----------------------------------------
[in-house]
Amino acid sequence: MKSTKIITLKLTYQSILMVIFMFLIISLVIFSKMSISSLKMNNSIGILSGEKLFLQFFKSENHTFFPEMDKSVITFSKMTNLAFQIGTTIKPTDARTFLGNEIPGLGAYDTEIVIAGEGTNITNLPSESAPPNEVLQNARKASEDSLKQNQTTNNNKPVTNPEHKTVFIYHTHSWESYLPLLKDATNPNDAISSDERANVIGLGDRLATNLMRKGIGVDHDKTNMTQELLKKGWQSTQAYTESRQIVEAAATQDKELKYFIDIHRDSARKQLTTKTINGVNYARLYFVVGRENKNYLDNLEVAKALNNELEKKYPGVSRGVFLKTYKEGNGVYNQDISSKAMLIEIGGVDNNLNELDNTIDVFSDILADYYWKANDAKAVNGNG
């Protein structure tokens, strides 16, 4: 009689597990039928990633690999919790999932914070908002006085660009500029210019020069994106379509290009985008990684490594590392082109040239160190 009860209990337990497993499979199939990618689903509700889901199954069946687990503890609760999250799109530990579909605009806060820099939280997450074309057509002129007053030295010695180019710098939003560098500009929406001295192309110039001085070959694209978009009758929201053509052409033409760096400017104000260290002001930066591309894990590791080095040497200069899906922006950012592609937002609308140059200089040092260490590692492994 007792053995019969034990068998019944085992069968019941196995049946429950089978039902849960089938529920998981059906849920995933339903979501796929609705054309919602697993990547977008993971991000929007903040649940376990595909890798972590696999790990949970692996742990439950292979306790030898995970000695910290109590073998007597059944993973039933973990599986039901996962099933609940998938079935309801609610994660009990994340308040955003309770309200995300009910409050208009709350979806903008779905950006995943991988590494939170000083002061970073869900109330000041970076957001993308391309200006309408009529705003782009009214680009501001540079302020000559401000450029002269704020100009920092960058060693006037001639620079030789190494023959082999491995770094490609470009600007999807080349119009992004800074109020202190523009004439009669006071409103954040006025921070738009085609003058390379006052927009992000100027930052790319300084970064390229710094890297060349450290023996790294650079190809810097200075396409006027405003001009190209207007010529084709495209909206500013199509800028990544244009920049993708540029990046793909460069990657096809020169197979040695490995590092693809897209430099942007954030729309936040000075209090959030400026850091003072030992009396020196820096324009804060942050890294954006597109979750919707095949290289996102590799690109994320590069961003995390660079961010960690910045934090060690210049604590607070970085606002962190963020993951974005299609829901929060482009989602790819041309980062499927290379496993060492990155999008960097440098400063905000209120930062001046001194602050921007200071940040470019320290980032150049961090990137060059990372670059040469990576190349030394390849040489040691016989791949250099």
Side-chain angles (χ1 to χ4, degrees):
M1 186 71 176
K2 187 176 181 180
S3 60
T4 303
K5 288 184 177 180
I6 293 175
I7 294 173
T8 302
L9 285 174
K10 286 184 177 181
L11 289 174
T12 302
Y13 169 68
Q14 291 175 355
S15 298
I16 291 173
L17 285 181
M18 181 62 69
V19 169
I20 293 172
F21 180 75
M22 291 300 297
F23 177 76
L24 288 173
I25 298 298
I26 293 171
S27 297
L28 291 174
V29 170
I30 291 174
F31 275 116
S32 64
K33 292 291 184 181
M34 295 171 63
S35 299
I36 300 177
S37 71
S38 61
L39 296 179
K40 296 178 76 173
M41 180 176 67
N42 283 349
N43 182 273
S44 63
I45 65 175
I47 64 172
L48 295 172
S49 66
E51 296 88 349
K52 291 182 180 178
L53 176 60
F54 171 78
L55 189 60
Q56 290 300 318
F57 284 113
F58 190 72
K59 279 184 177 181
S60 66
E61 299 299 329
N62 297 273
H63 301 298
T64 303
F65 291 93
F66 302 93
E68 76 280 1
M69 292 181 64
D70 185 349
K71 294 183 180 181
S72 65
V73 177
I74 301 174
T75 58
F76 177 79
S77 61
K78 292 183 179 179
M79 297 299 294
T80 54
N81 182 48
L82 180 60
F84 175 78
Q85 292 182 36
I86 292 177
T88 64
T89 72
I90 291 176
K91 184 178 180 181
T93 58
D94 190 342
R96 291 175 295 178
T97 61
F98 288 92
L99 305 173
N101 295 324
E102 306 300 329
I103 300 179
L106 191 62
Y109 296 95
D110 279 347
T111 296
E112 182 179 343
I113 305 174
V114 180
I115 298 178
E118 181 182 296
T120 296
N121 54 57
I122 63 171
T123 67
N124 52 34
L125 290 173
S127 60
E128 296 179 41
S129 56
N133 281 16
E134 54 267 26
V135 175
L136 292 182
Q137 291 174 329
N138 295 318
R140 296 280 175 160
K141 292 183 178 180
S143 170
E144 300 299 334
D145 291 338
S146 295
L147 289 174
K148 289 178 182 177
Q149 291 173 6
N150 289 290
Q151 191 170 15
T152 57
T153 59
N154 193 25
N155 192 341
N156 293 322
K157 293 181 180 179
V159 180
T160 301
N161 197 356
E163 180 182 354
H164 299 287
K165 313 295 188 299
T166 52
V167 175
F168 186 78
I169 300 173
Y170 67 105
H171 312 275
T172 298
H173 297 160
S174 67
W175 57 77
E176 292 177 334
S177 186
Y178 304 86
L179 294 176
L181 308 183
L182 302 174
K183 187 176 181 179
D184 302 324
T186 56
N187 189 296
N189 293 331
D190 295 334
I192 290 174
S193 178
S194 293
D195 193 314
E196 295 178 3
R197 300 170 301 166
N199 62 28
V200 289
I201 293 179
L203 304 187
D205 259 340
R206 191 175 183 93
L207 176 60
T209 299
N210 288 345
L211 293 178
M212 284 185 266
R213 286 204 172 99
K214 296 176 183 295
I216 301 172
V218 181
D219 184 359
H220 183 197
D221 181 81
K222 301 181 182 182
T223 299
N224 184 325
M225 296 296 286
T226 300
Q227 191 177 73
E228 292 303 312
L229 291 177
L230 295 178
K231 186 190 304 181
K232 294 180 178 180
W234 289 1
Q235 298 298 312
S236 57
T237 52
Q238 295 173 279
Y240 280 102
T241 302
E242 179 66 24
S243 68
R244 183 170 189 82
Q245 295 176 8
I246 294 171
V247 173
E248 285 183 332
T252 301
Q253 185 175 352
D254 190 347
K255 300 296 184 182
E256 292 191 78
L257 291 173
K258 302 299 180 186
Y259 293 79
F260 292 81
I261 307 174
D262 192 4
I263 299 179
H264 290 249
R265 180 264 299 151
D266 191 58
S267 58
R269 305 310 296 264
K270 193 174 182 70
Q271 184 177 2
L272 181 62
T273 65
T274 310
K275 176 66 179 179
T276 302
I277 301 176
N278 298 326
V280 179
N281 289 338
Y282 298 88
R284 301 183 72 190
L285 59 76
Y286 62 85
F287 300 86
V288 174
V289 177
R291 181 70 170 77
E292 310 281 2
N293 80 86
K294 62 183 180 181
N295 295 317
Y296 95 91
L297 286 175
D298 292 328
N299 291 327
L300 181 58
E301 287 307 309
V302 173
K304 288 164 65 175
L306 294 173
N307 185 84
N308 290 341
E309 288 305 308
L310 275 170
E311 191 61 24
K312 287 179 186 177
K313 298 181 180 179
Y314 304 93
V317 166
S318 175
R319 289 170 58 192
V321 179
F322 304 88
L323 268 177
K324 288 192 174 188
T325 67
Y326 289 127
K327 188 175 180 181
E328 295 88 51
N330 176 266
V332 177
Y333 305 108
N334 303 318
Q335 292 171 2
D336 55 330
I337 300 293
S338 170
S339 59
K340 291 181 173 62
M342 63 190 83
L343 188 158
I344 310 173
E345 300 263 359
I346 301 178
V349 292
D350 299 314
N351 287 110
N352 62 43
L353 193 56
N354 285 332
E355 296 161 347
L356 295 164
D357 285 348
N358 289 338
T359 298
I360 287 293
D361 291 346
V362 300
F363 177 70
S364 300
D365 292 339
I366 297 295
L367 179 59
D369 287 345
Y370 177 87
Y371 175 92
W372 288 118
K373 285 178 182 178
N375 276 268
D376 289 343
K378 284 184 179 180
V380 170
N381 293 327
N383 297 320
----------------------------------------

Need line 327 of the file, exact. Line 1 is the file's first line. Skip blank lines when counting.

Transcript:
K378 284 184 179 180